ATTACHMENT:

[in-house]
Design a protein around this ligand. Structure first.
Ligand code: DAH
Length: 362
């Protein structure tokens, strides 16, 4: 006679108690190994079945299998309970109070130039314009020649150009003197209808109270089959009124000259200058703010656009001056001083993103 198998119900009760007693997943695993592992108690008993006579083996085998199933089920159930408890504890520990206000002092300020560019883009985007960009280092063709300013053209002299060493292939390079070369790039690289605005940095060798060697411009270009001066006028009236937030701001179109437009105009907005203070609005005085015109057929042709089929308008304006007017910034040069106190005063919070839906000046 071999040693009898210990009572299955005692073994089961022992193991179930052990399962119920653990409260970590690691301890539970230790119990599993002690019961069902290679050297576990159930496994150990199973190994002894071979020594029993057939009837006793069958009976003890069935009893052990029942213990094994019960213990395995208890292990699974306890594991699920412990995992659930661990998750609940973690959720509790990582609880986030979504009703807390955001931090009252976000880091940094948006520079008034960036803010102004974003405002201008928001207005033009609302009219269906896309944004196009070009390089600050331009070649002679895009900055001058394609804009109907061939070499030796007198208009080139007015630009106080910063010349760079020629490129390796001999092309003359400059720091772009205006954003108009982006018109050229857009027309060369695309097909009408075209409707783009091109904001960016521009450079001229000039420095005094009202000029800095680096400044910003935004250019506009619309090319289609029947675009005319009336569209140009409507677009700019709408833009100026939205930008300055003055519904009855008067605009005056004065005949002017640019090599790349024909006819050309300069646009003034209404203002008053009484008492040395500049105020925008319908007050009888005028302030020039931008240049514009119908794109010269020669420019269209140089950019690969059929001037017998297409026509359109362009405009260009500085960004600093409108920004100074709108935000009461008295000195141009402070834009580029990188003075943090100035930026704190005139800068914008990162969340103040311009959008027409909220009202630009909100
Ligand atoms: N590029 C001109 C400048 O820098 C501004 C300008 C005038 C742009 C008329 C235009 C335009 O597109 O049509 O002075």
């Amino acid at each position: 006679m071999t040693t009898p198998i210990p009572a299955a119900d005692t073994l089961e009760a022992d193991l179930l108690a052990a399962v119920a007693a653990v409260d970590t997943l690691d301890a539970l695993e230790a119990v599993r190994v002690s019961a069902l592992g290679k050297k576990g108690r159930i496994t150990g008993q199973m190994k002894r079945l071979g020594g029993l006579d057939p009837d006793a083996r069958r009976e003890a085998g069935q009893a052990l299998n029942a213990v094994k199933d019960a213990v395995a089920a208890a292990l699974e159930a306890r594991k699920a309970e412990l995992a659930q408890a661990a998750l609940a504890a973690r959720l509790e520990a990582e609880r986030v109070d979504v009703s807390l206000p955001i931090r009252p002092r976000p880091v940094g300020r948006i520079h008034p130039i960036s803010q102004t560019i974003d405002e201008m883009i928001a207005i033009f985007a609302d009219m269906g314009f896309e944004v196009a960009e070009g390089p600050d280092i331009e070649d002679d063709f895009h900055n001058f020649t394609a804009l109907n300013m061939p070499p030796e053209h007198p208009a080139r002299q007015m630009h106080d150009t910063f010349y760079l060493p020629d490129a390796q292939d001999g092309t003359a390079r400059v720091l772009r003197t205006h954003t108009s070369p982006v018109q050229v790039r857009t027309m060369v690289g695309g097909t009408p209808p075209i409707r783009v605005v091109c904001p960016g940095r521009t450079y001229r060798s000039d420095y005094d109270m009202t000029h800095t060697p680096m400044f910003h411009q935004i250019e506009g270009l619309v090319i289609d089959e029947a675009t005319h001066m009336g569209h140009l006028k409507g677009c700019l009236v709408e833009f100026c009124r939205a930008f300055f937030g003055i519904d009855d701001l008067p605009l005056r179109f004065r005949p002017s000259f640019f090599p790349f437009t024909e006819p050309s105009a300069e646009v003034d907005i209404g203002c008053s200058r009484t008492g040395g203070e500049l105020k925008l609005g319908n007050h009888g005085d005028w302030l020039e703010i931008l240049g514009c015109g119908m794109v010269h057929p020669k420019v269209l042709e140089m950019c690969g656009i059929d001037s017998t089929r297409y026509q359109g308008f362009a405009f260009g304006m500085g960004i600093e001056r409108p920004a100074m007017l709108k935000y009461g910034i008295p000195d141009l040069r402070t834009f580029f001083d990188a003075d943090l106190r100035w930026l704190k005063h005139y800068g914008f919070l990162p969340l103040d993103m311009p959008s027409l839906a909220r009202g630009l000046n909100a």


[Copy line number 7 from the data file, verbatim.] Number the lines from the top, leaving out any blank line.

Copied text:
């Amino acid at each position: 006679m071999t040693t009898p198998i210990p009572a299955a119900d005692t073994l089961e009760a022992d193991l179930l108690a052990a399962v119920a007693a653990v409260d970590t997943l690691d301890a539970l695993e230790a119990v599993r190994v002690s019961a069902l592992g290679k050297k576990g108690r159930i496994t150990g008993q199973m190994k002894r079945l071979g020594g029993l006579d057939p009837d006793a083996r069958r009976e003890a085998g069935q009893a052990l299998n029942a213990v094994k199933d019960a213990v395995a089920a208890a292990l699974e159930a306890r594991k699920a309970e412990l995992a659930q408890a661990a998750l609940a504890a973690r959720l509790e520990a990582e609880r986030v109070d979504v009703s807390l206000p955001i931090r009252p002092r976000p880091v940094g300020r948006i520079h008034p130039i960036s803010q102004t560019i974003d405002e201008m883009i928001a207005i033009f985007a609302d009219m269906g314009f896309e944004v196009a960009e070009g390089p600050d280092i331009e070649d002679d063709f895009h900055n001058f020649t394609a804009l109907n300013m061939p070499p030796e053209h007198p208009a080139r002299q007015m630009h106080d150009t910063f010349y760079l060493p020629d490129a390796q292939d001999g092309t003359a390079r400059v720091l772009r003197t205006h954003t108009s070369p982006v018109q050229v790039r857009t027309m060369v690289g695309g097909t009408p209808p075209i409707r783009v605005v091109c904001p960016g940095r521009t450079y001229r060798s000039d420095y005094d109270m009202t000029h800095t060697p680096m400044f910003h411009q935004i250019e506009g270009l619309v090319i289609d089959e029947a675009t005319h001066m009336g569209h140009l006028k409507g677009c700019l009236v709408e833009f100026c009124r939205a930008f300055f937030g003055i519904d009855d701001l008067p605009l005056r179109f004065r005949p002017s000259f640019f090599p790349f437009t024909e006819p050309s105009a300069e646009v003034d907005i209404g203002c008053s200058r009484t008492g040395g203070e500049l105020k925008l609005g319908n007050h009888g005085d005028w302030l020039e703010i931008l240049g514009c015109g119908m794109v010269h057929p020669k420019v269209l042709e140089m950019c690969g656009i059929d001037s017998t089929r297409y026509q359109g308008f362009a405009f260009g304006m500085g960004i600093e001056r409108p920004a100074m007017l709108k935000y009461g910034i008295p000195d141009l040069r402070t834009f580029f001083d990188a003075d943090l106190r100035w930026l704190k005063h005139y800068g914008f919070l990162p969340l103040d993103m311009p959008s027409l839906a909220r009202g630009l000046n909100a």